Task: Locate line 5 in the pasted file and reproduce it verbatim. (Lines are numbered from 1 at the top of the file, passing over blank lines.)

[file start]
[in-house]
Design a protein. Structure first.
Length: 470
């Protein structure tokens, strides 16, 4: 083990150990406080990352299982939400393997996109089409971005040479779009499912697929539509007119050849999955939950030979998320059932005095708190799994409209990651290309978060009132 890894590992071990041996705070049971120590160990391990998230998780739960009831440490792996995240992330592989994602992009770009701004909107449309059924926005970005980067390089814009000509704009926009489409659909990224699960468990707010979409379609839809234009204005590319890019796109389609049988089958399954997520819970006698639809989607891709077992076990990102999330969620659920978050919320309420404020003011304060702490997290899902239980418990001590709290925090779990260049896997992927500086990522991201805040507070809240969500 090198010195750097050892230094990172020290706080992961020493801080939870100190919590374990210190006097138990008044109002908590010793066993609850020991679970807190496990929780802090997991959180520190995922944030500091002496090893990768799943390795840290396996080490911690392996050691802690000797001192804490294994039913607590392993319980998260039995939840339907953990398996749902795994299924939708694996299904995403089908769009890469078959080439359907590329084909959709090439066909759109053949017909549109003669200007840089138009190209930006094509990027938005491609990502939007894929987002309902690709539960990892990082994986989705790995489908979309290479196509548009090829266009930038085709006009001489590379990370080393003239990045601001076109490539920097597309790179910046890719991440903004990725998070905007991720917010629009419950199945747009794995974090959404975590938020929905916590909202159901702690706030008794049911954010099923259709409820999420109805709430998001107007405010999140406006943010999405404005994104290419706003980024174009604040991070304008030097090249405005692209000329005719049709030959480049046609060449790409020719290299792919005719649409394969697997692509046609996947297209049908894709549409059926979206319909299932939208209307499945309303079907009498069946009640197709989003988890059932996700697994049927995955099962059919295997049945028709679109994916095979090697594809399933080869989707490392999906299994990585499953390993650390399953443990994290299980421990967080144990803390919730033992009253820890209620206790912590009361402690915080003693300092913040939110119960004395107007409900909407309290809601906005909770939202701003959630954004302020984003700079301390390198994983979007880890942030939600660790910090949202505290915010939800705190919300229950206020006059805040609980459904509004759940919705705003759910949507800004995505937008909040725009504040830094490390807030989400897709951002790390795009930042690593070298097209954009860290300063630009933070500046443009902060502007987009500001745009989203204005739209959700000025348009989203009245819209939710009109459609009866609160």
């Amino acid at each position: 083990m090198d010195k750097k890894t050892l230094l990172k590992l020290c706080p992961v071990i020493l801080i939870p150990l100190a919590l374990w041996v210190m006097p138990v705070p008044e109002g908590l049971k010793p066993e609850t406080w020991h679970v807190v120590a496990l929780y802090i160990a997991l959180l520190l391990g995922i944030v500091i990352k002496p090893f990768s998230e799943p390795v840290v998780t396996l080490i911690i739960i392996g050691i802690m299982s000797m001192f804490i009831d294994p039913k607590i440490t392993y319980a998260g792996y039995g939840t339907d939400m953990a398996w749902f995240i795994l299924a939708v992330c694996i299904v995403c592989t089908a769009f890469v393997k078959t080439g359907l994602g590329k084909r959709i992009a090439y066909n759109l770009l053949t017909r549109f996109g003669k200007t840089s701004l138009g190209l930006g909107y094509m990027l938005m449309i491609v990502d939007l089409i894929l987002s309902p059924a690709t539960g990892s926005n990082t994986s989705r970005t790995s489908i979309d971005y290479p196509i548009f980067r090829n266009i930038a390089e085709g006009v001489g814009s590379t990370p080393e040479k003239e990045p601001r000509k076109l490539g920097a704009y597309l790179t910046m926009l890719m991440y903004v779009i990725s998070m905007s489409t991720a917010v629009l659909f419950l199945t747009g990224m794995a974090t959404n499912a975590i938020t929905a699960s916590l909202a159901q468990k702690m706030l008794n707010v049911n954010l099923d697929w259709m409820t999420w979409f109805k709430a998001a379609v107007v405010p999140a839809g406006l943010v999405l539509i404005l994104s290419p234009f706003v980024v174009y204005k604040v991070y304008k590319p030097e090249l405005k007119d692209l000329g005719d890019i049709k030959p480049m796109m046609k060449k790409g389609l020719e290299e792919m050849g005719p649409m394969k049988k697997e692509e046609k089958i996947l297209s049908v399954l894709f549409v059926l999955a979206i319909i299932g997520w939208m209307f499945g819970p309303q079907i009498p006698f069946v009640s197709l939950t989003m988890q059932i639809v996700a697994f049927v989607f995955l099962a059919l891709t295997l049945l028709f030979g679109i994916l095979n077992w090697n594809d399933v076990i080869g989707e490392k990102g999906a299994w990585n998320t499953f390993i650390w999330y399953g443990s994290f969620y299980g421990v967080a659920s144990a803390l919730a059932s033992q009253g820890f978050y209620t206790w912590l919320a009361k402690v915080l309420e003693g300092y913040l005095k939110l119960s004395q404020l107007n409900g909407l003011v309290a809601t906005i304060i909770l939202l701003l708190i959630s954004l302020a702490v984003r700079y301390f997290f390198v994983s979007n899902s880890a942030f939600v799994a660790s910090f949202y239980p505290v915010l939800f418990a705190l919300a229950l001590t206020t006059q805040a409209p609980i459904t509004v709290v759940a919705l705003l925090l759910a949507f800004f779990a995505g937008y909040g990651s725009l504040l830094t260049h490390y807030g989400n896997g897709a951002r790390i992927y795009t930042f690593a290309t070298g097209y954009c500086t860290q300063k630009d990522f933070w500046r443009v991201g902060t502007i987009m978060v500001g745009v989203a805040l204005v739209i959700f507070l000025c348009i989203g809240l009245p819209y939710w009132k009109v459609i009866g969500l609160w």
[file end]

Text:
């Amino acid at each position: 083990m090198d010195k750097k890894t050892l230094l990172k590992l020290c706080p992961v071990i020493l801080i939870p150990l100190a919590l374990w041996v210190m006097p138990v705070p008044e109002g908590l049971k010793p066993e609850t406080w020991h679970v807190v120590a496990l929780y802090i160990a997991l959180l520190l391990g995922i944030v500091i990352k002496p090893f990768s998230e799943p390795v840290v998780t396996l080490i911690i739960i392996g050691i802690m299982s000797m001192f804490i009831d294994p039913k607590i440490t392993y319980a998260g792996y039995g939840t339907d939400m953990a398996w749902f995240i795994l299924a939708v992330c694996i299904v995403c592989t089908a769009f890469v393997k078959t080439g359907l994602g590329k084909r959709i992009a090439y066909n759109l770009l053949t017909r549109f996109g003669k200007t840089s701004l138009g190209l930006g909107y094509m990027l938005m449309i491609v990502d939007l089409i894929l987002s309902p059924a690709t539960g990892s926005n990082t994986s989705r970005t790995s489908i979309d971005y290479p196509i548009f980067r090829n266009i930038a390089e085709g006009v001489g814009s590379t990370p080393e040479k003239e990045p601001r000509k076109l490539g920097a704009y597309l790179t910046m926009l890719m991440y903004v779009i990725s998070m905007s489409t991720a917010v629009l659909f419950l199945t747009g990224m794995a974090t959404n499912a975590i938020t929905a699960s916590l909202a159901q468990k702690m706030l008794n707010v049911n954010l099923d697929w259709m409820t999420w979409f109805k709430a998001a379609v107007v405010p999140a839809g406006l943010v999405l539509i404005l994104s290419p234009f706003v980024v174009y204005k604040v991070y304008k590319p030097e090249l405005k007119d692209l000329g005719d890019i049709k030959p480049m796109m046609k060449k790409g389609l020719e290299e792919m050849g005719p649409m394969k049988k697997e692509e046609k089958i996947l297209s049908v399954l894709f549409v059926l999955a979206i319909i299932g997520w939208m209307f499945g819970p309303q079907i009498p006698f069946v009640s197709l939950t989003m988890q059932i639809v996700a697994f049927v989607f995955l099962a059919l891709t295997l049945l028709f030979g679109i994916l095979n077992w090697n594809d399933v076990i080869g989707e490392k990102g999906a299994w990585n998320t499953f390993i650390w999330y399953g443990s994290f969620y299980g421990v967080a659920s144990a803390l919730a059932s033992q009253g820890f978050y209620t206790w912590l919320a009361k402690v915080l309420e003693g300092y913040l005095k939110l119960s004395q404020l107007n409900g909407l003011v309290a809601t906005i304060i909770l939202l701003l708190i959630s954004l302020a702490v984003r700079y301390f997290f390198v994983s979007n899902s880890a942030f939600v799994a660790s910090f949202y239980p505290v915010l939800f418990a705190l919300a229950l001590t206020t006059q805040a409209p609980i459904t509004v709290v759940a919705l705003l925090l759910a949507f800004f779990a995505g937008y909040g990651s725009l504040l830094t260049h490390y807030g989400n896997g897709a951002r790390i992927y795009t930042f690593a290309t070298g097209y954009c500086t860290q300063k630009d990522f933070w500046r443009v991201g902060t502007i987009m978060v500001g745009v989203a805040l204005v739209i959700f507070l000025c348009i989203g809240l009245p819209y939710w009132k009109v459609i009866g969500l609160w």